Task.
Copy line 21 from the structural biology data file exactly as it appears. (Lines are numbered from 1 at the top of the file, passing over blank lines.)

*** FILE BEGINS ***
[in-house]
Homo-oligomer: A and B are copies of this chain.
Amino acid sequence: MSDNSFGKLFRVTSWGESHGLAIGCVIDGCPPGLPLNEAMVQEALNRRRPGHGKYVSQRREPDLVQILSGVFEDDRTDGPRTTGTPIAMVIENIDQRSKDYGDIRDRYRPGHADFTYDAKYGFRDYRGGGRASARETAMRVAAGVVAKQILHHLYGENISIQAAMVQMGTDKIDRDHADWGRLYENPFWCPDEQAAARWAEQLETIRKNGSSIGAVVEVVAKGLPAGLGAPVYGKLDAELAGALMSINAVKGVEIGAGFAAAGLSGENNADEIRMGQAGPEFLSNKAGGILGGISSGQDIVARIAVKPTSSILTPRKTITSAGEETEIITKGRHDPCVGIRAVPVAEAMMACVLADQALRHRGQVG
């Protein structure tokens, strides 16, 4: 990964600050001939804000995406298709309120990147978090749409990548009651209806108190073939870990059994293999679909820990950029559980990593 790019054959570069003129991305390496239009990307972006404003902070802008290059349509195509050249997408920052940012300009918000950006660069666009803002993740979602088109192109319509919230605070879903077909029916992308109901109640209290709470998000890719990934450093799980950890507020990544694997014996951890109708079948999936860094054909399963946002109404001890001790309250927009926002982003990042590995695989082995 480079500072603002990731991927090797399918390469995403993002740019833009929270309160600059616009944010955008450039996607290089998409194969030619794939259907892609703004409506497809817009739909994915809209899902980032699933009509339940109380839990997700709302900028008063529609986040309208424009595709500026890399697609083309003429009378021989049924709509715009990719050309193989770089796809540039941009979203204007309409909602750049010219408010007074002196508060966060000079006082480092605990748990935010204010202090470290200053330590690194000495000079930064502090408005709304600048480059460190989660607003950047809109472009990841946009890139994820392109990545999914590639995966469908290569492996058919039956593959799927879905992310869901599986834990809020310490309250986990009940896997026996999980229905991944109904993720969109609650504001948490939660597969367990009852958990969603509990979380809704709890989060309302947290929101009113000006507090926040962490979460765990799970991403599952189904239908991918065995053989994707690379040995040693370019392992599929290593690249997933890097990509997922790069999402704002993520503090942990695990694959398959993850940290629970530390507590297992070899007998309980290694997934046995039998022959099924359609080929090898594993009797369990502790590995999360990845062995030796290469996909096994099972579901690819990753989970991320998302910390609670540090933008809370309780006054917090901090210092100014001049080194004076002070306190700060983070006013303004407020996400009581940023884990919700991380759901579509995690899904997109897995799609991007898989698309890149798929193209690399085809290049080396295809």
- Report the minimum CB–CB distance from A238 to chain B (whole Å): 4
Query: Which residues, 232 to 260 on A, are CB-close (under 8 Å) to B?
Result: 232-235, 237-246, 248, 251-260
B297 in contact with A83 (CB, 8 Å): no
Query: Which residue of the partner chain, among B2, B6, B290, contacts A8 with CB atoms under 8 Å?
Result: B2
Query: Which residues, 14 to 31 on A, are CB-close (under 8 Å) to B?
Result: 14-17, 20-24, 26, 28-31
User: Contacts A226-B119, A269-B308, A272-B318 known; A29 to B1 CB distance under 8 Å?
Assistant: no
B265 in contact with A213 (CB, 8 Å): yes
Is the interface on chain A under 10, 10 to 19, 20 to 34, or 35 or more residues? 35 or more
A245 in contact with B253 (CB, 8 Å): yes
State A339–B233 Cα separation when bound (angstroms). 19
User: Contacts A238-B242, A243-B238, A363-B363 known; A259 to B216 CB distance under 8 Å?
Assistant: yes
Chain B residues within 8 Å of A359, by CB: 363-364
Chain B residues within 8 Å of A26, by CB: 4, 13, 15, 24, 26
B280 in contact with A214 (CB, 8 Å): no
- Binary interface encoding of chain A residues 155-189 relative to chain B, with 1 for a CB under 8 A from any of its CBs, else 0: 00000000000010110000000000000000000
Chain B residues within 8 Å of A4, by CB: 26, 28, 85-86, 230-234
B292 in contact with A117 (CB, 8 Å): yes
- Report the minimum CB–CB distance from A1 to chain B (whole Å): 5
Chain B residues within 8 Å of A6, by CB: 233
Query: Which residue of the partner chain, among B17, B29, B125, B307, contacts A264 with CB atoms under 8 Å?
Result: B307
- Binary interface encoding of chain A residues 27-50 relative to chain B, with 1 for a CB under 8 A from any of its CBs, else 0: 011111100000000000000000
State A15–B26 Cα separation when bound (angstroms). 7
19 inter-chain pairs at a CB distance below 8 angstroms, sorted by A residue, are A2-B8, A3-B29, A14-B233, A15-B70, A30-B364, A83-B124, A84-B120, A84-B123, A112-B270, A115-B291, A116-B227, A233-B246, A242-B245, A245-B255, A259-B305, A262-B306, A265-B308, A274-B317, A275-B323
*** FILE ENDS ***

Chain B residues within 8 Å of A359, by CB: 363-364